After all this time I’m still loyal to the one who started it all for me: G. Bruce Boyer. He really embodies the kind of relaxed, comfortable style I aspire to. Just take the first dozen or so Google images for Boyer and that’s about all the style direction you need. The old Fellows Apparel Arts/Esky images are a perpetual source of inspiration and guidance. Luciano Barbera is another wonderful exemplar, and, to me, embodies a similar approach to Boyer. None of this is original, but originality in dress is usually overrated. I really enjoy voxsartoria’s stream of images on his blog/Twitter, and of all the #menswear personalities, he dresses how I would if I had his disposable income. My old forum friend RJ does nice work over at A Suitable Wardrobe. He and I share an interest in sartorial obscurata and little known super villains. Our dressing styles are not the same, but his taste is always spot on.
I think style is presenting yourself tastefully and comfortably. Modern dress embraces comfort, or perceived comfort, to the exclusion of anything else. We live in a more casual time, and there’s no chance of completely reversing that. We have to find ways of navigating declining formality while maintain good taste. We can also make strides in reviving classic styles without appearing anachronistic or costumey. As a Christian I spend a lot of time with my church. My wife and girls have a great deal of my attention, of course. I have an interest in books and reading, particularly Southern (American) literature. I do a little collecting of first editions. I enjoy college basketball and (American) football. I have a great appreciation for Bluegrass music, and am a bit of a failed mandolinist. I enjoy food, particularly barbeque, and sampling barbeque from as many dives and vendors as I can.
Well, believe me I was not born with rakish relatives. I would say start slow, make incremental changes with quality purchases. Upgrading to top quality ties is an easy change to make, but can have a profound impact. Add in linen pocket square. Buy a pair of Goodyear-welted shoes and take care of them. It can be intimidating and overwhelming when you see fit pics of men with bespoke everything when you know that’s out of reach for you. Hand in hand with this is the development of good taste. First, one must accept that there is such a thing, then you have to train your eye and your preferences. This isn’t the same thing as buying into group think, but imitation of exemplars is the place to start.’
Pictures: © Alan Cornett
January 30, 2019 by Ville Raivio
VR: Your age and occupation ?
PF: 56, Property Manager.
VR: Your educational background?
PF: I attended St. Chris in Letchworth, Hertfordshire. A forward-thinking, co-educational, vegetarian boarding school. After a short spell working for my grandfather’s engineering company I was fortunate enough to be offered a position, aged 20, at the Dorchester Hotel in London.
VR: Have you any children or spouse (and how do they relate to your style enthusiasm)?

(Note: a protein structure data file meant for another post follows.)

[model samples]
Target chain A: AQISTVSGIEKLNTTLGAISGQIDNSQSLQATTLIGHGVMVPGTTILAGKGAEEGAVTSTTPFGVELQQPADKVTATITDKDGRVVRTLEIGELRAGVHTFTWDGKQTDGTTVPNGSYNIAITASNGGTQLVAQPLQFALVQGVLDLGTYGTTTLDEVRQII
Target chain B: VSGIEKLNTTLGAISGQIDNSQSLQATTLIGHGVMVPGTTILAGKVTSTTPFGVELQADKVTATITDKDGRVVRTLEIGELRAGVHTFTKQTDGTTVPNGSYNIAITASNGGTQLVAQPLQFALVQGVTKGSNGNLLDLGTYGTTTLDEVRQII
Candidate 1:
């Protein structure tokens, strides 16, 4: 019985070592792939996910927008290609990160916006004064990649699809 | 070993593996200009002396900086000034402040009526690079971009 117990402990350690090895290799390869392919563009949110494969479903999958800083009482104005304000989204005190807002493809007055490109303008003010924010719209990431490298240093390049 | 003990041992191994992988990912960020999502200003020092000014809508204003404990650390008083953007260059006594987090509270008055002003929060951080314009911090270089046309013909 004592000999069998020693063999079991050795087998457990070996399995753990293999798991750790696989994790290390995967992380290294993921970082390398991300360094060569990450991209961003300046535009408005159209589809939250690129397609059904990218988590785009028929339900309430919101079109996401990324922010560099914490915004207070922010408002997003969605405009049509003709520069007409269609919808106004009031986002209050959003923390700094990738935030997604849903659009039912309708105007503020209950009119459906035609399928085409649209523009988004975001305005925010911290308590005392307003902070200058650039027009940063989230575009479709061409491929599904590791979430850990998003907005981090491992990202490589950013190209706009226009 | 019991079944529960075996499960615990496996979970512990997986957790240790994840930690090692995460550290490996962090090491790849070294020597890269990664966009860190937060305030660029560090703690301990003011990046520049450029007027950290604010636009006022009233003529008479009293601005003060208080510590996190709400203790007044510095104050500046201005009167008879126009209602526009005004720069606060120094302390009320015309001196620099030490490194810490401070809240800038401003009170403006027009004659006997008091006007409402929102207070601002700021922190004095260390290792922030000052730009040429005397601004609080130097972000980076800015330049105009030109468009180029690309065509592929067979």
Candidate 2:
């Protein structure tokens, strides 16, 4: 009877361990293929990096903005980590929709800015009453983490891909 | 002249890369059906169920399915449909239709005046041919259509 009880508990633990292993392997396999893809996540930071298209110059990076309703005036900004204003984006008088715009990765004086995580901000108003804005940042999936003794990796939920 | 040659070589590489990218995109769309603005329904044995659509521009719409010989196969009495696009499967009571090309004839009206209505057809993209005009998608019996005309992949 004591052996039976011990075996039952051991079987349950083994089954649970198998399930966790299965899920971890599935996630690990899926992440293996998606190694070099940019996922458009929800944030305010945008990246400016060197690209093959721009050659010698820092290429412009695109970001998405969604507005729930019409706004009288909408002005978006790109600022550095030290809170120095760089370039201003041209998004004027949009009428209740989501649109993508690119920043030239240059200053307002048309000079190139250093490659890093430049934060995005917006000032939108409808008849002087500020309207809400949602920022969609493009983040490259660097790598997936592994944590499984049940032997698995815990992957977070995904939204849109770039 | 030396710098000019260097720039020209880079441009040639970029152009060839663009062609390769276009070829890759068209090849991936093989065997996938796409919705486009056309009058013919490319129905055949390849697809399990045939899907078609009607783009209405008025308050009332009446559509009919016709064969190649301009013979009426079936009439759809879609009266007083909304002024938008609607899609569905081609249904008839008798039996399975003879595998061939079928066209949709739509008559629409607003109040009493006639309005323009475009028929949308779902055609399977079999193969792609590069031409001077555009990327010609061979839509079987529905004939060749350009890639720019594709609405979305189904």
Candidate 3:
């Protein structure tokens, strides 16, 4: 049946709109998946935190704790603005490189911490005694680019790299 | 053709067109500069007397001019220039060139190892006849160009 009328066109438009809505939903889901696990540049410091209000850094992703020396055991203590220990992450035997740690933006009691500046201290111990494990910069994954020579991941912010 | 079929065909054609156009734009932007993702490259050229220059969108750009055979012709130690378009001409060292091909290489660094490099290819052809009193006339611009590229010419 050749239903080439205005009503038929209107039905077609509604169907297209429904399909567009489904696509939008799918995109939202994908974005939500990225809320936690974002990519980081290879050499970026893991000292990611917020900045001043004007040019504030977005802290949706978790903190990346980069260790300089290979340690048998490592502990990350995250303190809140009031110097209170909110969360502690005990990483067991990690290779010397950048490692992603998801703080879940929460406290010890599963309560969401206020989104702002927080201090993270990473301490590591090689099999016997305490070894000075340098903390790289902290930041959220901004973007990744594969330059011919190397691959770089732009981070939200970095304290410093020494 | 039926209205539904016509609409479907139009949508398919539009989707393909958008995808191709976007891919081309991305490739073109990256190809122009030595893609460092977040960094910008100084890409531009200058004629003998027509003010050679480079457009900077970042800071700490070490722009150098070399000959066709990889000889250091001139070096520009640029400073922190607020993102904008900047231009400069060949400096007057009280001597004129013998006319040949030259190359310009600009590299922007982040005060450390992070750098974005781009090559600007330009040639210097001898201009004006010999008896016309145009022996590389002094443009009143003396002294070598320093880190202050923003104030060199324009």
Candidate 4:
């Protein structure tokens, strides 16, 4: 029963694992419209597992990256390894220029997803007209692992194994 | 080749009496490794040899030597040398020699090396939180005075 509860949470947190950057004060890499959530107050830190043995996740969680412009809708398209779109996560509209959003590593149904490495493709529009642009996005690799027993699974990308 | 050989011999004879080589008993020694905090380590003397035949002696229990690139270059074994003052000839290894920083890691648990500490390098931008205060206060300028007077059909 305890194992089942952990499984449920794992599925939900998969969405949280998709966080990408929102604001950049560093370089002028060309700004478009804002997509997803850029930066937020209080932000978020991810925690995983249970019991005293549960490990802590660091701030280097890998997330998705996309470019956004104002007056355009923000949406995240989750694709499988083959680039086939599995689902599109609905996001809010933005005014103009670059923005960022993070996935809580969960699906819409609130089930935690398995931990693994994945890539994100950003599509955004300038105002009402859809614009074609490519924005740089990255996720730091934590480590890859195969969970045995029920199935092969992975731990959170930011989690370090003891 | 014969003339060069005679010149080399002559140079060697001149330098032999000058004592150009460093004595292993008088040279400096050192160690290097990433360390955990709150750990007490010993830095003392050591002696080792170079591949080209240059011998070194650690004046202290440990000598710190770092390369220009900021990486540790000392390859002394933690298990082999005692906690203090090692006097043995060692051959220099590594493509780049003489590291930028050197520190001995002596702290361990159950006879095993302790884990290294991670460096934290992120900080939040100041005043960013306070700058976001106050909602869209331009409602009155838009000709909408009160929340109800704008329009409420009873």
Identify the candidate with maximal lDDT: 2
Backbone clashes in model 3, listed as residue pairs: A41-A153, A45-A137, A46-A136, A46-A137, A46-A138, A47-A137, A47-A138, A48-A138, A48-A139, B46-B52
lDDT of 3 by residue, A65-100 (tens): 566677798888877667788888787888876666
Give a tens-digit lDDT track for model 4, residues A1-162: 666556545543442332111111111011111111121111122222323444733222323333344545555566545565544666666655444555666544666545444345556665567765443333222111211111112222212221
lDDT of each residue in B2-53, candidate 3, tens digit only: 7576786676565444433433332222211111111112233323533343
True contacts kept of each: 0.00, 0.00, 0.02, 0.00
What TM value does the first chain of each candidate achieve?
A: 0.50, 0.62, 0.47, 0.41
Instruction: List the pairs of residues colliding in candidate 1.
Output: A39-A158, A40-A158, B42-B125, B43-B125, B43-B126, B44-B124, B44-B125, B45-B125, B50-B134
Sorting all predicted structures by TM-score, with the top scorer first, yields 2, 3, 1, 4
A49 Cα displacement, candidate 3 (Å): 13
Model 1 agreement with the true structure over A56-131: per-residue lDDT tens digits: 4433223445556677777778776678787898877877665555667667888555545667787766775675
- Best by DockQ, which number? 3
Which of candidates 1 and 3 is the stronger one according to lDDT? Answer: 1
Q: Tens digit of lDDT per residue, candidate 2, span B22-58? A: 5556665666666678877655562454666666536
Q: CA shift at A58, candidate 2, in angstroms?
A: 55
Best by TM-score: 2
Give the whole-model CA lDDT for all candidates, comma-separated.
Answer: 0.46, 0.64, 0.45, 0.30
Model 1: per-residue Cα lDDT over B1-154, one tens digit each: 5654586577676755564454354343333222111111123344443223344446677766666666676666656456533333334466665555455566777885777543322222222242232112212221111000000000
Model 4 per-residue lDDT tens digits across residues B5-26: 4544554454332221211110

PF: Yes, I am married to Jackie and we have two teenage children. Olivia & George. I think it would be fair to comment that they tolerate my vintage clothing obsession. There are advantages as the 3 of them have all benefited from some special pieces. As I am in contact with a lot of the dealers I come across women’s items as well as men’s. Jackie has some vintage Huntsman, Henry Poole, Dege and Skinner and numerous furs.
Recently I was walking along Jermyn Street with Olivia & George. I had a Gelot fedora on. George a beanie hat. Someone stopped us and advised George that he should take some style advice from his father. As can be imagined, George has not taken up the advice of the passerby.
A summer party look
VR: …and your parents and siblings’ reactions back when you were younger?
I owe a lot to my mother. She has to take credit for being such a fine role model. Now in her 70s, she is still most elegant. My grandfather spent a lot of attention on his clothes too. His tailor was Airey & Wheeler in Piccadilly.
A 1938 Huntsman morning suit, Lock silk topper
VR: What other hobbies or passions do you have besides apparel?
PF: I enjoy fishing with George. I manage to include some vintage equipment especially when fly fishing. Sometimes using vintage is a big disadvantage, though. Last year I snapped a rod and lines, as lures and nets weaken over time.
My love of good food and fine dining has led to my collection of vintage menus. Although I have stopped adding to this. They are starting to be included on one of three of my Instagram accounts, vintage_menus.
I am very pedantic about quality of ingredients and presentation. After my early years at the Dorchester I worked for the Royal Household. My position here was involved with food supplies, presentation, menus and seating planning.
My other Instagram account is vintage_clothing_labels. On this account I post interesting labels of vintage pieces of mine and others, such as Hornets and Hogspear.
I used to horse ride a lot, but don’t get the opportunity so much now. I have kept my riding ‘kit’.1957 Lobb’s boots and 1947 Huntsman riding breeches. I recently sold my hunting pink swallow tails made by French C1900 of Kilgour, French & Stanbury to an American collector.
VR: How did you first become interested in style, and when did you first turn your eyes to the classics?